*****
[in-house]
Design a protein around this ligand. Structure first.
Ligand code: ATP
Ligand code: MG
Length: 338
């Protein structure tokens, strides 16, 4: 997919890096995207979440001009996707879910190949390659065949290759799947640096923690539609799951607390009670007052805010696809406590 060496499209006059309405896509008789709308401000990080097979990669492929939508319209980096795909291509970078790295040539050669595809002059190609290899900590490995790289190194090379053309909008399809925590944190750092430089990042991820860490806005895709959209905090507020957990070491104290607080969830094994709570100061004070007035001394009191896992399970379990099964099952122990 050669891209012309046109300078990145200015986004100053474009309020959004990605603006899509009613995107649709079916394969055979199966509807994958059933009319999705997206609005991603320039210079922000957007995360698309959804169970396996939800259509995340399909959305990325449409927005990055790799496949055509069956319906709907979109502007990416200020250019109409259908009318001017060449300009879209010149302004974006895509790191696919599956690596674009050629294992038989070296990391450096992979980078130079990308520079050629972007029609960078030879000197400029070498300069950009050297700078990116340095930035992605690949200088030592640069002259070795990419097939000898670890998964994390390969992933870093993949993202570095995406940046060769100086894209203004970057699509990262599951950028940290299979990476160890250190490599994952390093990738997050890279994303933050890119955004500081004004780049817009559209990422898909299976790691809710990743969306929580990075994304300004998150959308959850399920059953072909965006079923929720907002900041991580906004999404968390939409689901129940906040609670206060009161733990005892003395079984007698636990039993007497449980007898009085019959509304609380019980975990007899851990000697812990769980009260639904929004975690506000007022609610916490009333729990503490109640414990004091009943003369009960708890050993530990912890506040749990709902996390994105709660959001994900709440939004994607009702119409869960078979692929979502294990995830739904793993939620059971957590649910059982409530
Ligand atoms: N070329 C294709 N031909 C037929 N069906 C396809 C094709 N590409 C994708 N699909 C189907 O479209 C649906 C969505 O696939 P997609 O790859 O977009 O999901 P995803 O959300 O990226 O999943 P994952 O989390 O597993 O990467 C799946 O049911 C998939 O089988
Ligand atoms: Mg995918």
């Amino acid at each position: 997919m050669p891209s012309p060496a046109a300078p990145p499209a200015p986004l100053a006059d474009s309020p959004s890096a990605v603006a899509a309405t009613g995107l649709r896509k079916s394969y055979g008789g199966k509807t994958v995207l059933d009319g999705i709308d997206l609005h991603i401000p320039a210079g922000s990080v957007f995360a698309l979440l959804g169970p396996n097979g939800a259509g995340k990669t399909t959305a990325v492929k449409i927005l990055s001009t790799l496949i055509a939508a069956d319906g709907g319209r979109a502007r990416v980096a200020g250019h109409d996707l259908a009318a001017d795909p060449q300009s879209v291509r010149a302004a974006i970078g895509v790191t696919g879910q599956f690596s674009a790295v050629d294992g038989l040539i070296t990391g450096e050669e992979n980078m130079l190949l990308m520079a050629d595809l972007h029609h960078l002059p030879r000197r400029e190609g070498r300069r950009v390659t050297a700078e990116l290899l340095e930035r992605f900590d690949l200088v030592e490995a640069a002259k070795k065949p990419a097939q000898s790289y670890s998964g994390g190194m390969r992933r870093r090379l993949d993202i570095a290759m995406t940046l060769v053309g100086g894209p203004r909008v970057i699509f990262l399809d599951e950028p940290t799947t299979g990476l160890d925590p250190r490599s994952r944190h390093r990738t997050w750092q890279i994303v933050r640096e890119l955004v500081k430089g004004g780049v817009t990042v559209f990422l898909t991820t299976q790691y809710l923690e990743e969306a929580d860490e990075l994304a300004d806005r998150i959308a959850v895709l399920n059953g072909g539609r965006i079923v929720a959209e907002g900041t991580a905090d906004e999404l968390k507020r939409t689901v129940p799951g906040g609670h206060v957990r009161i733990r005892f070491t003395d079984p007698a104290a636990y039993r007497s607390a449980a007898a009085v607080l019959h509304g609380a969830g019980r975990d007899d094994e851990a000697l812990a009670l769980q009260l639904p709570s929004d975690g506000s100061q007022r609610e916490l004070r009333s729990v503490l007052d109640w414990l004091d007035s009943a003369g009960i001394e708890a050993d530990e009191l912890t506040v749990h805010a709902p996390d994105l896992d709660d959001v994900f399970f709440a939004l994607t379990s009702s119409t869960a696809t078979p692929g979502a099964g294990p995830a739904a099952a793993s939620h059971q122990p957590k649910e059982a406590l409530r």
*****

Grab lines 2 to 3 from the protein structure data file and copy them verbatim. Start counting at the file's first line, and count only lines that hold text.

Design a protein around this ligand. Structure first.
Ligand code: ATP